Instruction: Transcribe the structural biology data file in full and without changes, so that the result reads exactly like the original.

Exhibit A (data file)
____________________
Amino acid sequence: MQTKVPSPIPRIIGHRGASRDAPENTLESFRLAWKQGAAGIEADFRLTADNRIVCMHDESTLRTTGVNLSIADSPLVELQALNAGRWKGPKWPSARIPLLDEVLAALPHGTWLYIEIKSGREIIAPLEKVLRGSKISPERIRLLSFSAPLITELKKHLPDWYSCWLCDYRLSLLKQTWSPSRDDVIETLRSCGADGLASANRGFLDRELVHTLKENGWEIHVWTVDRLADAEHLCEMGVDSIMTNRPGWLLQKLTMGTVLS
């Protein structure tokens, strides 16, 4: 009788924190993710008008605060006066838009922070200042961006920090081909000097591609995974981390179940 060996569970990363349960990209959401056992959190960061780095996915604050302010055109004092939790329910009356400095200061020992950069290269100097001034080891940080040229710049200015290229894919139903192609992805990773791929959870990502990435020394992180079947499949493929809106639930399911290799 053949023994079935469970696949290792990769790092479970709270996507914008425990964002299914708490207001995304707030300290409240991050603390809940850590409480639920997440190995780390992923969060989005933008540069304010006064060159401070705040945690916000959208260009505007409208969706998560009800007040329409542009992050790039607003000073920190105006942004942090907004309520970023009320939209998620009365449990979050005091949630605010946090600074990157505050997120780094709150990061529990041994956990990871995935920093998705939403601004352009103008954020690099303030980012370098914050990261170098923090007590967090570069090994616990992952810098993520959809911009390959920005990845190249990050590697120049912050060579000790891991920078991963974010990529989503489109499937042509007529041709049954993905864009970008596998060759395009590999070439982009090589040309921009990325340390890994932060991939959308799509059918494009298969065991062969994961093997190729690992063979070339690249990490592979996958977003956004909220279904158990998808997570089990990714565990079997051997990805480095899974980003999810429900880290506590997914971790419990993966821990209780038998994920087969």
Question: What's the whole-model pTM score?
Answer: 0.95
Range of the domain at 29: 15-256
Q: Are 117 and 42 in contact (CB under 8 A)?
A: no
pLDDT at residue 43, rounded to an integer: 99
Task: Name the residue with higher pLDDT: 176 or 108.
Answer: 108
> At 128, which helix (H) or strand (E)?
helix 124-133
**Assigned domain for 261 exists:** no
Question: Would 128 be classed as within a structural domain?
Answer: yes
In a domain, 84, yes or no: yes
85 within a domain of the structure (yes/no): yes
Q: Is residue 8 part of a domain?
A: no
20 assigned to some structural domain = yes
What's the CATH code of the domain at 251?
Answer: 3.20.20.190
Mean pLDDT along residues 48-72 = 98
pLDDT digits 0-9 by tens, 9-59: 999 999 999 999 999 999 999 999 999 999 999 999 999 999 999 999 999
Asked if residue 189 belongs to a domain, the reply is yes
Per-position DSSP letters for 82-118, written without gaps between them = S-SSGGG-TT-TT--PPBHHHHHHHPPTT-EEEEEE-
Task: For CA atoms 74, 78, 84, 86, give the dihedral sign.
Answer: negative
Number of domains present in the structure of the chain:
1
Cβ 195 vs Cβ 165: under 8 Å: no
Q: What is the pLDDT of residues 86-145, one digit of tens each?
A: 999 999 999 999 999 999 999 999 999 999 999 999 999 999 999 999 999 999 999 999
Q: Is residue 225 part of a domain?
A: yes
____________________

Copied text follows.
Amino acid sequence: MQTKVPSPIPRIIGHRGASRDAPENTLESFRLAWKQGAAGIEADFRLTADNRIVCMHDESTLRTTGVNLSIADSPLVELQALNAGRWKGPKWPSARIPLLDEVLAALPHGTWLYIEIKSGREIIAPLEKVLRGSKISPERIRLLSFSAPLITELKKHLPDWYSCWLCDYRLSLLKQTWSPSRDDVIETLRSCGADGLASANRGFLDRELVHTLKENGWEIHVWTVDRLADAEHLCEMGVDSIMTNRPGWLLQKLTMGTVLS
């Protein structure tokens, strides 16, 4: 009788924190993710008008605060006066838009922070200042961006920090081909000097591609995974981390179940 060996569970990363349960990209959401056992959190960061780095996915604050302010055109004092939790329910009356400095200061020992950069290269100097001034080891940080040229710049200015290229894919139903192609992805990773791929959870990502990435020394992180079947499949493929809106639930399911290799 053949023994079935469970696949290792990769790092479970709270996507914008425990964002299914708490207001995304707030300290409240991050603390809940850590409480639920997440190995780390992923969060989005933008540069304010006064060159401070705040945690916000959208260009505007409208969706998560009800007040329409542009992050790039607003000073920190105006942004942090907004309520970023009320939209998620009365449990979050005091949630605010946090600074990157505050997120780094709150990061529990041994956990990871995935920093998705939403601004352009103008954020690099303030980012370098914050990261170098923090007590967090570069090994616990992952810098993520959809911009390959920005990845190249990050590697120049912050060579000790891991920078991963974010990529989503489109499937042509007529041709049954993905864009970008596998060759395009590999070439982009090589040309921009990325340390890994932060991939959308799509059918494009298969065991062969994961093997190729690992063979070339690249990490592979996958977003956004909220279904158990998808997570089990990714565990079997051997990805480095899974980003999810429900880290506590997914971790419990993966821990209780038998994920087969």
Question: What's the whole-model pTM score?
Answer: 0.95
Range of the domain at 29: 15-256
Q: Are 117 and 42 in contact (CB under 8 A)?
A: no
pLDDT at residue 43, rounded to an integer: 99
Task: Name the residue with higher pLDDT: 176 or 108.
Answer: 108
> At 128, which helix (H) or strand (E)?
helix 124-133
**Assigned domain for 261 exists:** no
Question: Would 128 be classed as within a structural domain?
Answer: yes
In a domain, 84, yes or no: yes
85 within a domain of the structure (yes/no): yes
Q: Is residue 8 part of a domain?
A: no
20 assigned to some structural domain = yes
What's the CATH code of the domain at 251?
Answer: 3.20.20.190
Mean pLDDT along residues 48-72 = 98
pLDDT digits 0-9 by tens, 9-59: 999 999 999 999 999 999 999 999 999 999 999 999 999 999 999 999 999
Asked if residue 189 belongs to a domain, the reply is yes
Per-position DSSP letters for 82-118, written without gaps between them = S-SSGGG-TT-TT--PPBHHHHHHHPPTT-EEEEEE-
Task: For CA atoms 74, 78, 84, 86, give the dihedral sign.
Answer: negative
Number of domains present in the structure of the chain:
1
Cβ 195 vs Cβ 165: under 8 Å: no
Q: What is the pLDDT of residues 86-145, one digit of tens each?
A: 999 999 999 999 999 999 999 999 999 999 999 999 999 999 999 999 999 999 999 999
Q: Is residue 225 part of a domain?
A: yes